Radio AM to FM: May 20, 2005
Joe Benson, released from active duty when Arrow abruptly dropped classic rock, fired the entire airstaff and changed to Jack-FM ... which plays primarily classic rock ... has returned to the Southern California airwaves via his old stomping grounds, KLOS.
Many fans remember when Benson hosted the popular Seventh Day Sunday night program, one of the many ideas KLOS successfully stole from other stations during the height of popularity -- and competition -- of Los Angeles "album-oriented" rock radio stations.
The original Seventh Day was an all-day event on K-WEST (now KPWR) in which the station played full versions of albums uninterrupted. The KLOS version was abbreviated, running only Sunday nights, but Benson soon became synonymous with the show.
He spent 12 years at KLOS starting back in 1981, left for KLSX in 1993, returned to KLOS in 1996, and switched to Arrow soon after that.
Back on KLOS once more, Benson takes over Gary Moore's afternoon slot (2-6 PM), while Moore moves to evenings (6-10 PM).
Follow the Road
Radio Disney, the syndicated kids format heard locally on KDIS, will present the Yellow Brick Road to Stardom Talent Showcase this Saturday at Ikea in Burbank.
The station is looking for that "special kid" who can sing one of five songs from The Wizard of Oz as part of a tie-in with ABC Television's The Muppets Wizard of Oz that airs tonight.
A national winner will go to New York for an enchanted weekend; one local semifinalist will receive a Prize Pack including a toy and the soundtrack to the Muppets Oz show which stars Ashanti as Dorothy.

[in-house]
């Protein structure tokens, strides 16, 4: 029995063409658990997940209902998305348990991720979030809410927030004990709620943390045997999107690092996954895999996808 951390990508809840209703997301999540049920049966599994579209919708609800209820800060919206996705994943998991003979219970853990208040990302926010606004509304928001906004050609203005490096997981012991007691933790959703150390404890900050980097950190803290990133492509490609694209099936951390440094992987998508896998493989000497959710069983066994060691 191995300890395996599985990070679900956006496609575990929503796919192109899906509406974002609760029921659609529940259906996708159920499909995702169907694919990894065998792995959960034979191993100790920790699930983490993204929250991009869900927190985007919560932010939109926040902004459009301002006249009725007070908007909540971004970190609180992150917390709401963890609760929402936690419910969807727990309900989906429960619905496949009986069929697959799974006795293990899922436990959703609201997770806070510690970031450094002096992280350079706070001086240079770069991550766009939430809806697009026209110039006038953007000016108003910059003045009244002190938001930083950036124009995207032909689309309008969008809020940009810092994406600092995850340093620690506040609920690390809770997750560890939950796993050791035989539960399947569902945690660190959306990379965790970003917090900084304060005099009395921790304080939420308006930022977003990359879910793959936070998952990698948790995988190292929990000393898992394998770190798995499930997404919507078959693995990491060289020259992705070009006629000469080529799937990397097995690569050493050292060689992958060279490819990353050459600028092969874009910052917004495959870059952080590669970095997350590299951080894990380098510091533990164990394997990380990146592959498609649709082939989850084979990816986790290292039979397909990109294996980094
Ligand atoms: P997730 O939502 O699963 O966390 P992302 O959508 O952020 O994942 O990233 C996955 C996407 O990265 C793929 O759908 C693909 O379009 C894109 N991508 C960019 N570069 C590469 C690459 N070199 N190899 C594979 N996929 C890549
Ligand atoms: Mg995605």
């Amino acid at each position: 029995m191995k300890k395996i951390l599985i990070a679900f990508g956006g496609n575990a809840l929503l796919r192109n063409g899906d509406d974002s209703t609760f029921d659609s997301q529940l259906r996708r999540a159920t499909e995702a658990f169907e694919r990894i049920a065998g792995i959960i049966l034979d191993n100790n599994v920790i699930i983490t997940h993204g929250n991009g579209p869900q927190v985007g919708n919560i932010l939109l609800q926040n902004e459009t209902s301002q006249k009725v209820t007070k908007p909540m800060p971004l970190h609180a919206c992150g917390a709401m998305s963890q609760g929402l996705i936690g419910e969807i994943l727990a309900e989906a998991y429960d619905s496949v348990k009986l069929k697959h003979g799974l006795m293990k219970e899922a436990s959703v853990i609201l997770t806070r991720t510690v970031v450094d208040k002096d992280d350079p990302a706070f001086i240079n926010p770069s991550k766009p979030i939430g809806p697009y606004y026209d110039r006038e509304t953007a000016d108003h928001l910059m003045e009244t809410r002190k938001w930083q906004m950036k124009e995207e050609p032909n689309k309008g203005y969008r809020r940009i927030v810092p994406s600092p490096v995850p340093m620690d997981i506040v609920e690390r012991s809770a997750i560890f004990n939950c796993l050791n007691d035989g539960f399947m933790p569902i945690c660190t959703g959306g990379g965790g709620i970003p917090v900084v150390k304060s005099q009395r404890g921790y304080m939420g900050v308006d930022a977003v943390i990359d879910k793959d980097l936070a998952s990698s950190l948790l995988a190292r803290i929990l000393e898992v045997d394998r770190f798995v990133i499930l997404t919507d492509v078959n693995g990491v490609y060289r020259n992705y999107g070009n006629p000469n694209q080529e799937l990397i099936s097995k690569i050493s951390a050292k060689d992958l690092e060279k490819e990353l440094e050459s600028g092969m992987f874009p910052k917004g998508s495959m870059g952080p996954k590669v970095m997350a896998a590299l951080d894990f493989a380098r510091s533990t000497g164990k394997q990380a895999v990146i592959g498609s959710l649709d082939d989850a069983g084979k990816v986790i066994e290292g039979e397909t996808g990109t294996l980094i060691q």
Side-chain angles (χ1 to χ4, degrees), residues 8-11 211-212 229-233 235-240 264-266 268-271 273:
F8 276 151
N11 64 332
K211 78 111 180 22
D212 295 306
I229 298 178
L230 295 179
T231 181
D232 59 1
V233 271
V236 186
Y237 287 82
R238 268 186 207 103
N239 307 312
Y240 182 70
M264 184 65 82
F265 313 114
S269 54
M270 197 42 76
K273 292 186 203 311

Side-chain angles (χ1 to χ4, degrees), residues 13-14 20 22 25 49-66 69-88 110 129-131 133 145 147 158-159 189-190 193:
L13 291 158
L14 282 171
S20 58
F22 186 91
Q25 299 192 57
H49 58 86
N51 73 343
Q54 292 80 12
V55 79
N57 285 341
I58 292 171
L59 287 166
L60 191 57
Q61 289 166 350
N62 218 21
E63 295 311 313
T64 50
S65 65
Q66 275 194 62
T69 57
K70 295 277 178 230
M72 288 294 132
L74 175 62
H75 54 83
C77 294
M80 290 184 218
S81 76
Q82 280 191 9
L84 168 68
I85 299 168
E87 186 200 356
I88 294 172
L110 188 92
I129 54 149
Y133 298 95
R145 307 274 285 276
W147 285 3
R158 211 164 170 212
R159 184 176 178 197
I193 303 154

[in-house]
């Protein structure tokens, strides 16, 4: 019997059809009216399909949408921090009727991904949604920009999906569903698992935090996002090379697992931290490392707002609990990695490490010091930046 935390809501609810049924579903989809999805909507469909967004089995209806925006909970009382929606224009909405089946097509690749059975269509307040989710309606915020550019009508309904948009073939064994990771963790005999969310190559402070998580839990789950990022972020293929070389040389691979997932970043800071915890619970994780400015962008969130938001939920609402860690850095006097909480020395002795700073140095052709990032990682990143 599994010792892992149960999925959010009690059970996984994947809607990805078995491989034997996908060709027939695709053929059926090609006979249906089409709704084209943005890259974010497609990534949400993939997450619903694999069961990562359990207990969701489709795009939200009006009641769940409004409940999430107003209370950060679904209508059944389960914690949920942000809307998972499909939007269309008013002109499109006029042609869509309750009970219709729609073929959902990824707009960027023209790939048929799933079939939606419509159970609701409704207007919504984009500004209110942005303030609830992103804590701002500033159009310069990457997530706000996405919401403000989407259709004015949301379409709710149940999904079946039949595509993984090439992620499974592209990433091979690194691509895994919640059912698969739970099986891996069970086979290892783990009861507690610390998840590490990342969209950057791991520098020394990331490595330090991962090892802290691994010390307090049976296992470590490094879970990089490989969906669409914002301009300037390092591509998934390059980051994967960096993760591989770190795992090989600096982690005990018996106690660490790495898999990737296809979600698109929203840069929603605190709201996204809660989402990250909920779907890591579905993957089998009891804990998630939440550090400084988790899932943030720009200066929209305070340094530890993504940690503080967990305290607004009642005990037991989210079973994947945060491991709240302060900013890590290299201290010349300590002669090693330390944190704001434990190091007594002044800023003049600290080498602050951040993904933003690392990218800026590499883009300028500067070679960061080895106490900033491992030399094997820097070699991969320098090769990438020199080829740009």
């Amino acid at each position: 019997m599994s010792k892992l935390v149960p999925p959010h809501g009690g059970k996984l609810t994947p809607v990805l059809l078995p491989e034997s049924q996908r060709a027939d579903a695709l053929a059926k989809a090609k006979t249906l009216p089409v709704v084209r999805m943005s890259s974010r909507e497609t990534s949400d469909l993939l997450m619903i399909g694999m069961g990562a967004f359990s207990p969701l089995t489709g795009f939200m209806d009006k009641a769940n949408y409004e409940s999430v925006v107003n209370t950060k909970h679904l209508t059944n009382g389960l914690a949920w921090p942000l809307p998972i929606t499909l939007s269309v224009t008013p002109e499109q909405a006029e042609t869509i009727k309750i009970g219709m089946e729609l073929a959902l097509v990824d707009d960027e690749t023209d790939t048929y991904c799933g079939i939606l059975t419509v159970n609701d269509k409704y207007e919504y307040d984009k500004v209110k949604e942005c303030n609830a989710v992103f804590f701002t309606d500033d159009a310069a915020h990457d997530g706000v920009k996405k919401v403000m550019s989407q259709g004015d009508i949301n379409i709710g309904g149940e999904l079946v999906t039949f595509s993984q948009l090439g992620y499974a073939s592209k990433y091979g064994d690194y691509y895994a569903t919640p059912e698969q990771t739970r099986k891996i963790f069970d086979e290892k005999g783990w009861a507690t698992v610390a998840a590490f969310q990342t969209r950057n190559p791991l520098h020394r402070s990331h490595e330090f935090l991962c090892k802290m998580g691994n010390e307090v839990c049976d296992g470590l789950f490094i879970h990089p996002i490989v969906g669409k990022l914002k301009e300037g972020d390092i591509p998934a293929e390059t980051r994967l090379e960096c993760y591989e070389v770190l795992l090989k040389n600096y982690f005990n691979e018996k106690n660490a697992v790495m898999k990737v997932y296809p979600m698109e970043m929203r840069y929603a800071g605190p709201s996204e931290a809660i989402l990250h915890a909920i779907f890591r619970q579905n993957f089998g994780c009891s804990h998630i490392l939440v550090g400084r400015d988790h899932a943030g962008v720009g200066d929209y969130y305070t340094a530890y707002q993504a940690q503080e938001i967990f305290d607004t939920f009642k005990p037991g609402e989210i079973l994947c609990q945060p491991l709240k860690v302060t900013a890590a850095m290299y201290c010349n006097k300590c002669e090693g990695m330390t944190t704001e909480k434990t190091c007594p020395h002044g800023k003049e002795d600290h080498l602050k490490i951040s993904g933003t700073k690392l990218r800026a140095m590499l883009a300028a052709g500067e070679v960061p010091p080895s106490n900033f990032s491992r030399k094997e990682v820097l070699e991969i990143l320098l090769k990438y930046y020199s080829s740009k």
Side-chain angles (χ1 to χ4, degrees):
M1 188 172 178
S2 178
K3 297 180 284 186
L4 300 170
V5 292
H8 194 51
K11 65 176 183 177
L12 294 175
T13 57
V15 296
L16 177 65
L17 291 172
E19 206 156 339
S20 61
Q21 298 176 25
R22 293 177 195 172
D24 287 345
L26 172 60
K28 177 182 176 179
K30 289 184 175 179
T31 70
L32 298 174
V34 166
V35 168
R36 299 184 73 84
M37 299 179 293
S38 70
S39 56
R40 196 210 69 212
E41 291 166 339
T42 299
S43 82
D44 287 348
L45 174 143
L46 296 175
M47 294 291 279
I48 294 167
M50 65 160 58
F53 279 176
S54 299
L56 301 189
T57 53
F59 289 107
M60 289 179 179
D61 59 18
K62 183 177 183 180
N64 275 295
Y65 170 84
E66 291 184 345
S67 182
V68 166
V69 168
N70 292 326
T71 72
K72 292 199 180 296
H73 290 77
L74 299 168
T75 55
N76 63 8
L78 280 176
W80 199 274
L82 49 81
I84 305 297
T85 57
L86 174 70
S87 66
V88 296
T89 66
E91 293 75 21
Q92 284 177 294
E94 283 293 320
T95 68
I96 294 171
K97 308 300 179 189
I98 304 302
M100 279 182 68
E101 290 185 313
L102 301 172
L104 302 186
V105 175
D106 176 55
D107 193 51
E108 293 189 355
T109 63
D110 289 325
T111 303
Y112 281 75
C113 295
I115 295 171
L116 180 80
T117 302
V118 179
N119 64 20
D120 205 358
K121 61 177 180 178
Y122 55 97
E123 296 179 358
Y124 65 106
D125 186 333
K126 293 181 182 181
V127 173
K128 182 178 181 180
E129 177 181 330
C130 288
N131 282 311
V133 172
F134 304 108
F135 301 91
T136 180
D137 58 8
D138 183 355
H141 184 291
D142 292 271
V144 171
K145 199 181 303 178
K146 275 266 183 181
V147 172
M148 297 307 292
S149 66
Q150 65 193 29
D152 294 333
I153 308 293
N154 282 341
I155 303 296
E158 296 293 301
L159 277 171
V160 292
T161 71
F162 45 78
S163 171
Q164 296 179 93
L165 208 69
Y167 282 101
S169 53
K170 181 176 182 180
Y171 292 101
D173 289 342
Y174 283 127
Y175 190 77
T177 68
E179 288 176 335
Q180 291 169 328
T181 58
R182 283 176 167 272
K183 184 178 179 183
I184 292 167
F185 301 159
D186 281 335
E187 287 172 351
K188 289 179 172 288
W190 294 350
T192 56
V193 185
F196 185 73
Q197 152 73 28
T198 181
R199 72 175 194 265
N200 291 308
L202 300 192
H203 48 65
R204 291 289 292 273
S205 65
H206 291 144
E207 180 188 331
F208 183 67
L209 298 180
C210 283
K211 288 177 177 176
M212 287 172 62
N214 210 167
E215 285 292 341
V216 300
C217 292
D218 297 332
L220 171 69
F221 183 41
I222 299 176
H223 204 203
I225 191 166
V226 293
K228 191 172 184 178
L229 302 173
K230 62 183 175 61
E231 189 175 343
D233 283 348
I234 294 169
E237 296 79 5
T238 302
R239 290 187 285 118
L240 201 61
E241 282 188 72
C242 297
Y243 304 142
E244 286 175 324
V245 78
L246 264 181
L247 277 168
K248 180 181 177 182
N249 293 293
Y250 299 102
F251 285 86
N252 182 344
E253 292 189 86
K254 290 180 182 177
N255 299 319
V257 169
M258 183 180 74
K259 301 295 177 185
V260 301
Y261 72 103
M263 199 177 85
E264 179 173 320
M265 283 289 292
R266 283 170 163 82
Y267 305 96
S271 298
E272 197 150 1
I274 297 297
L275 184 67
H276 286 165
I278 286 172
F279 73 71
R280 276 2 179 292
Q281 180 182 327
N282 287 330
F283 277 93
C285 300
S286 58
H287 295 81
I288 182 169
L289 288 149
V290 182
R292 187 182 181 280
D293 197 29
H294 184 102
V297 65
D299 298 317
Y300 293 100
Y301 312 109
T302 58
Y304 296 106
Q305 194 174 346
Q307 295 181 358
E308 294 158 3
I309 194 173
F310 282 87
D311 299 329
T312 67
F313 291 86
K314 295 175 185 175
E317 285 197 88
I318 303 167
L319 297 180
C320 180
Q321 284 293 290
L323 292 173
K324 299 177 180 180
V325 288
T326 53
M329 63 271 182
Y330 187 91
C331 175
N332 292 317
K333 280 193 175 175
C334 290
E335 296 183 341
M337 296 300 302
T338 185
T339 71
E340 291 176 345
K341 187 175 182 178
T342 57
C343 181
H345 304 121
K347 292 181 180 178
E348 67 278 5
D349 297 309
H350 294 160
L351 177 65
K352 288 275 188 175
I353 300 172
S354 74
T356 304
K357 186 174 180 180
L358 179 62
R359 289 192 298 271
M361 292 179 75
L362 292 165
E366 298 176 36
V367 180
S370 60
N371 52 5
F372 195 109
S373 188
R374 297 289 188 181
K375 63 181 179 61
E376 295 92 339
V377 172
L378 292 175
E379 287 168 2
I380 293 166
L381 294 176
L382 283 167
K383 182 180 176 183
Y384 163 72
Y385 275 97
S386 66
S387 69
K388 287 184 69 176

Details are at radiodisney.com/kdis1110.
XM Satellite Radio announce this week that it now has over four million subscribers, and is well on the way to meeting its goal of 5.5 million by the end of the year. The ball does indeed appear to be rolling: it took almost 2 years for the first million, eight months for the second, six months for the next, and just five for the most recent milestone.
I have yet to hear XM for myself -- I subscribe to Sirius -- but I have not found anyone who doesn't like it ... or competitor Sirius.
Speaking of Sirius, Jimmy Buffett is set to launch Radio Margaritaville on its service. The 24-hour channel will feature a wide variety of music, live broadcasts of Buffett concerts, and other unique programming.
While it does sound intriguing -- Buffett fans are among the most fanatical I have ever witnessed -- I am concerned that Sirius is leaning too much toward specialty channels that don't always deliver what they promise. Radio Maxim, for example, has been amazingly dull, and when Howard Stern comes on board next year he is allowed to program up to three channels. I hope Sirius doesn't forget what got it going in the first place: solid programming on its regular channels. Perhaps they may want to focus on those and some of the niche programming it does not currently offer. Just a thought.
Copyright © 2005 Richard Wagoner and The Copley Press.
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